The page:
Hey, you just got drafted…good luck.
This year, in the 2015 Major League Baseball Draft, 1,215 players were drafted. Though some will not sign a professional contract, most will. The influx of young talent creates a surplus of players and forces organizations to make difficult decisions. Room must be made for the youngest professional generation; it seems that for every new contract signed an older one is terminated.
I found myself jobless for the first time since 2002, with ample time to reflect on baseball. I have thought a lot about what I would have liked to hear as I was entering professional baseball, what lessons I should have known about how to identify my mindset and better prepare for competition. To this rookie class, I wish you all the best. Be committed in your pursuit of the Major Leagues and savor this time in your life, it doesn’t last very long. For everyone else, this post isn’t really about baseball. It’s about life.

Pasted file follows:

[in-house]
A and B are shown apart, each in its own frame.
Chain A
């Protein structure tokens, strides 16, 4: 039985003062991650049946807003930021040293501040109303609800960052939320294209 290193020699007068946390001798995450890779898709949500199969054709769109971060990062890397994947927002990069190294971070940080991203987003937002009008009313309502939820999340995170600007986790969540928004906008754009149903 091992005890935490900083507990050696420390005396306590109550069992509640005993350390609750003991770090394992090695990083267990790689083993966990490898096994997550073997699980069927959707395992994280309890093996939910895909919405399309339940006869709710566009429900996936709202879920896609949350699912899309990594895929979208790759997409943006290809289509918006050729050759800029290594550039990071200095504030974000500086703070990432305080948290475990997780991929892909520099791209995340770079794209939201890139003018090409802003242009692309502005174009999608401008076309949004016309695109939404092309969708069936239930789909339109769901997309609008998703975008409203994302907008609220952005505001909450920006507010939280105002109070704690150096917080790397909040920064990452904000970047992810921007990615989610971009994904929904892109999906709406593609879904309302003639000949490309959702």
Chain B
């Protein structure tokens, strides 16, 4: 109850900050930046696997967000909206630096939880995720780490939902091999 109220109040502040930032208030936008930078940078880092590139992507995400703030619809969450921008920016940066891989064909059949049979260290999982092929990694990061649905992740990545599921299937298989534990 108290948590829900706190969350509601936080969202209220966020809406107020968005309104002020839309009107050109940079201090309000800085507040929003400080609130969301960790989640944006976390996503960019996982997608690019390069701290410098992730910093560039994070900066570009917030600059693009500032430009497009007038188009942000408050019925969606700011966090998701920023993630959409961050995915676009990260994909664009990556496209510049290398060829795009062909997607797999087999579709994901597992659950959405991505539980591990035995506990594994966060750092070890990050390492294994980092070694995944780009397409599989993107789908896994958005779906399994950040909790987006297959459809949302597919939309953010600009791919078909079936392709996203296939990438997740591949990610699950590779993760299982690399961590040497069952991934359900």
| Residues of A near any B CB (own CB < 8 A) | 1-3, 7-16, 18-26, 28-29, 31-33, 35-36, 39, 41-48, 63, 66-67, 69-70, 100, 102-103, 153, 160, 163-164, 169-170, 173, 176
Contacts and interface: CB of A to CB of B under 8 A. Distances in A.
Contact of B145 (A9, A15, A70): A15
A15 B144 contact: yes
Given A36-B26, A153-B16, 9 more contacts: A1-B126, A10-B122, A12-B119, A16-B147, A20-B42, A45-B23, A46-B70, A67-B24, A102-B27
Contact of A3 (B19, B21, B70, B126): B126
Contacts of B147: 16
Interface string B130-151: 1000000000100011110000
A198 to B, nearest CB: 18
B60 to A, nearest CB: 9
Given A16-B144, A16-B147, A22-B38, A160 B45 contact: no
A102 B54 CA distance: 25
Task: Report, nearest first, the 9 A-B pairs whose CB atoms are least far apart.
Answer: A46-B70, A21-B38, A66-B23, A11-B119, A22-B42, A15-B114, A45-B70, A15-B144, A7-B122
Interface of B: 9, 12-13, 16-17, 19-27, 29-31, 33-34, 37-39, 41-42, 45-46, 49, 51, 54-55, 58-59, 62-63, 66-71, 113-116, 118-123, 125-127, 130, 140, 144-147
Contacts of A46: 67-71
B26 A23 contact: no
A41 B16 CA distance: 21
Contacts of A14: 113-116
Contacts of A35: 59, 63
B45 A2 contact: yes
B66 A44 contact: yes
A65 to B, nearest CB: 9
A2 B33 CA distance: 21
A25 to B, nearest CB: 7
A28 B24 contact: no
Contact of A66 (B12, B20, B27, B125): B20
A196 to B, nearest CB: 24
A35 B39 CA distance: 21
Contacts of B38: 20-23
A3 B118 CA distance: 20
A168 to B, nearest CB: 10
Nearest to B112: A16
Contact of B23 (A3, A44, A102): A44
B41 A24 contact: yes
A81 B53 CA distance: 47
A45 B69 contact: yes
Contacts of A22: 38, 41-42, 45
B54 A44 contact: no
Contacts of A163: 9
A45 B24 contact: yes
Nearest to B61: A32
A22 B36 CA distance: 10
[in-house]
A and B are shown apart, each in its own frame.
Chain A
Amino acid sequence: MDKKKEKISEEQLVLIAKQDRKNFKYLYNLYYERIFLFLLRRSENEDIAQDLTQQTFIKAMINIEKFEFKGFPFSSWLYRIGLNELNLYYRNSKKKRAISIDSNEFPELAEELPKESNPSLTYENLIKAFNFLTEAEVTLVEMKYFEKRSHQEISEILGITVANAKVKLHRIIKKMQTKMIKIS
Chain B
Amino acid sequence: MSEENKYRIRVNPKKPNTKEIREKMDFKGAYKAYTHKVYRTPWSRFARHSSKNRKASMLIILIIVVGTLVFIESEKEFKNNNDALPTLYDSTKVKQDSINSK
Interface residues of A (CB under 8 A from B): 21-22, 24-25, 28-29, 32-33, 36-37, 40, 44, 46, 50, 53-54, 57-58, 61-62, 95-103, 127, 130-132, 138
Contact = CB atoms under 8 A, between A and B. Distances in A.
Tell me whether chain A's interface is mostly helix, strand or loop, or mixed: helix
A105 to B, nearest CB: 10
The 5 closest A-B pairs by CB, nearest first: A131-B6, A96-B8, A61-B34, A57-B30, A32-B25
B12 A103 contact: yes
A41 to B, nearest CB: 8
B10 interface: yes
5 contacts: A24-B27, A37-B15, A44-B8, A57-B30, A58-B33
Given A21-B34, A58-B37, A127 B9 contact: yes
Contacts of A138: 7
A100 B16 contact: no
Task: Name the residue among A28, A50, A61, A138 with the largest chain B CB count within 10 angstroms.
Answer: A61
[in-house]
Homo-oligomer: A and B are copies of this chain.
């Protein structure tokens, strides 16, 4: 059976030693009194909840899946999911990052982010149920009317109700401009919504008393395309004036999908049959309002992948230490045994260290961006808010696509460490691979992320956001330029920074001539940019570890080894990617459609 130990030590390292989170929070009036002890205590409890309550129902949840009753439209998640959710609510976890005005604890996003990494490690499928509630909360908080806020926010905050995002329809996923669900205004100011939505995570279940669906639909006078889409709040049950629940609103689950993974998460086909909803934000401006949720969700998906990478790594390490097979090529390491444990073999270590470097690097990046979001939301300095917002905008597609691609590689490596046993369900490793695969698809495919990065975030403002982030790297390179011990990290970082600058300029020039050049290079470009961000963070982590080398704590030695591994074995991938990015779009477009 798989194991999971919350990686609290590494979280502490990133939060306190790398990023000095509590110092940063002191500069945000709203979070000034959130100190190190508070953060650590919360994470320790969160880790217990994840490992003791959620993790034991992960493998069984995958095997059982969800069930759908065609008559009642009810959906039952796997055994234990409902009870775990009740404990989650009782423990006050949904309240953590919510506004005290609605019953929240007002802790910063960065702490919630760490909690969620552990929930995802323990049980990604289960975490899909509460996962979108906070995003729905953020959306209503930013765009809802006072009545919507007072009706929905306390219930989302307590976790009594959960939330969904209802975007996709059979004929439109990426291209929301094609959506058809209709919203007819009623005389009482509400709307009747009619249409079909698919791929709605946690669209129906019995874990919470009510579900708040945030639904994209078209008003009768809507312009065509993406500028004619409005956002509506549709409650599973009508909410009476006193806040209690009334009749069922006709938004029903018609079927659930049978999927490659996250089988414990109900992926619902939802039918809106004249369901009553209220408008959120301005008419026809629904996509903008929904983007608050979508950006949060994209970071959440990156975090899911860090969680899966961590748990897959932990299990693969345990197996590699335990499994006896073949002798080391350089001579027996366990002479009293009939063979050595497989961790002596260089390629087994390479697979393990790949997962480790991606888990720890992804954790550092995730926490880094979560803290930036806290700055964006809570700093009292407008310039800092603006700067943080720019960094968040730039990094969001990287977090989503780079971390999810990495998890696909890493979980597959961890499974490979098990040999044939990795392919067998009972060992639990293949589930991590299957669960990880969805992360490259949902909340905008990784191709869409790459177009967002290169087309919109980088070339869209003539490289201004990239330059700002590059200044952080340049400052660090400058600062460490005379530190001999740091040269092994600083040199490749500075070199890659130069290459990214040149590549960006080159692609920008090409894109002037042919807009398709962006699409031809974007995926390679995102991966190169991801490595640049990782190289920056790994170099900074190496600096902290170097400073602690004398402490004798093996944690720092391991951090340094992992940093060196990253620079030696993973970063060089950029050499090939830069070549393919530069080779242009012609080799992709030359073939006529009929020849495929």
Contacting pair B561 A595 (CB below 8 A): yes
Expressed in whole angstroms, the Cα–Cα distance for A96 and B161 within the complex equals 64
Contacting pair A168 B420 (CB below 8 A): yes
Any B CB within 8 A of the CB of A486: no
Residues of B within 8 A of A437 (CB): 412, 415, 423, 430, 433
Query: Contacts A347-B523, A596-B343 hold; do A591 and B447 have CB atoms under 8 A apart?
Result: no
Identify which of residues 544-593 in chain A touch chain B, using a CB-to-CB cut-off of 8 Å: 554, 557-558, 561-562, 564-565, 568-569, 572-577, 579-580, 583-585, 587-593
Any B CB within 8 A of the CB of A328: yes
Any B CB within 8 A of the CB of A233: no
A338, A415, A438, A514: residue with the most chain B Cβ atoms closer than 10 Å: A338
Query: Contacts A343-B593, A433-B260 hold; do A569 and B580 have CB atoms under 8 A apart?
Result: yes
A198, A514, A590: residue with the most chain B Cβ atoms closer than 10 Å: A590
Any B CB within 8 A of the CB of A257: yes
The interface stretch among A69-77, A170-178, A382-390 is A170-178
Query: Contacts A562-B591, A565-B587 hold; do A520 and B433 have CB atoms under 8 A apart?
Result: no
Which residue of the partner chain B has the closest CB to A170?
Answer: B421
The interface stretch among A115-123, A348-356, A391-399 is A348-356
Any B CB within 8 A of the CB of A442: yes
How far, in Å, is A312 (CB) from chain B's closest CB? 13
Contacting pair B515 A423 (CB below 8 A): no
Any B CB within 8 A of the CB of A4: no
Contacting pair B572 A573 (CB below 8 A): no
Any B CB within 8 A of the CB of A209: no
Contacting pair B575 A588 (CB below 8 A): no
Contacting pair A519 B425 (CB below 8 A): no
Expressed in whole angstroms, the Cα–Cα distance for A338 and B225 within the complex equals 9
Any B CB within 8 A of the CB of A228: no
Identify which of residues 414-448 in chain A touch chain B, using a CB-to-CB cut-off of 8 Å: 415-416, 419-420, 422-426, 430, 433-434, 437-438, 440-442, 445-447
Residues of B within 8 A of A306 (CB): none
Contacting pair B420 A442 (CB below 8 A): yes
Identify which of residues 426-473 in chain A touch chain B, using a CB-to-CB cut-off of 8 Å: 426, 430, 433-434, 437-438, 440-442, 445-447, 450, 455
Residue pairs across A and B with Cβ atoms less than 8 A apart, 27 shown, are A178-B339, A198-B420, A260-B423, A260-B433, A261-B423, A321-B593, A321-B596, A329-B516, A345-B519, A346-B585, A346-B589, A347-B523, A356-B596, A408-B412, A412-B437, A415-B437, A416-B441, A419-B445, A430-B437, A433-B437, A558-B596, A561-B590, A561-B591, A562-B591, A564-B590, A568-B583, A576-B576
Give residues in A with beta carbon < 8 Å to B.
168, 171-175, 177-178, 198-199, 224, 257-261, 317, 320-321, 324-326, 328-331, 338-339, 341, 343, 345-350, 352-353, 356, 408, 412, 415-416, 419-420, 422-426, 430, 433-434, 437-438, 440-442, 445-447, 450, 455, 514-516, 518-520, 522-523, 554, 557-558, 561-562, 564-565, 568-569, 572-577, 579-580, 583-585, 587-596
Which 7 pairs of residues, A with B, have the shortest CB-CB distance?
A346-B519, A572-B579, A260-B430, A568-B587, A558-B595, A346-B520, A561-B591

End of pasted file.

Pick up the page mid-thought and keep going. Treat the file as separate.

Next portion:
PRACTICE, TRAIN, COMPETE
What I learned from playing catch with Huston Street
My experience in professional baseball taught me the importance of an athlete’s mindset. Your mindset (an established set of attitudes), has a direct effect in three very specific areas; Training, Practicing and Competing. Knowing the differences in these three areas means we can learn to apply the proper mindset to each one and give ourselves the best chance to perform. As a catcher, I worked with a lot of pitchers, but, unbeknownst to him, the one I learned the most from is Huston Street.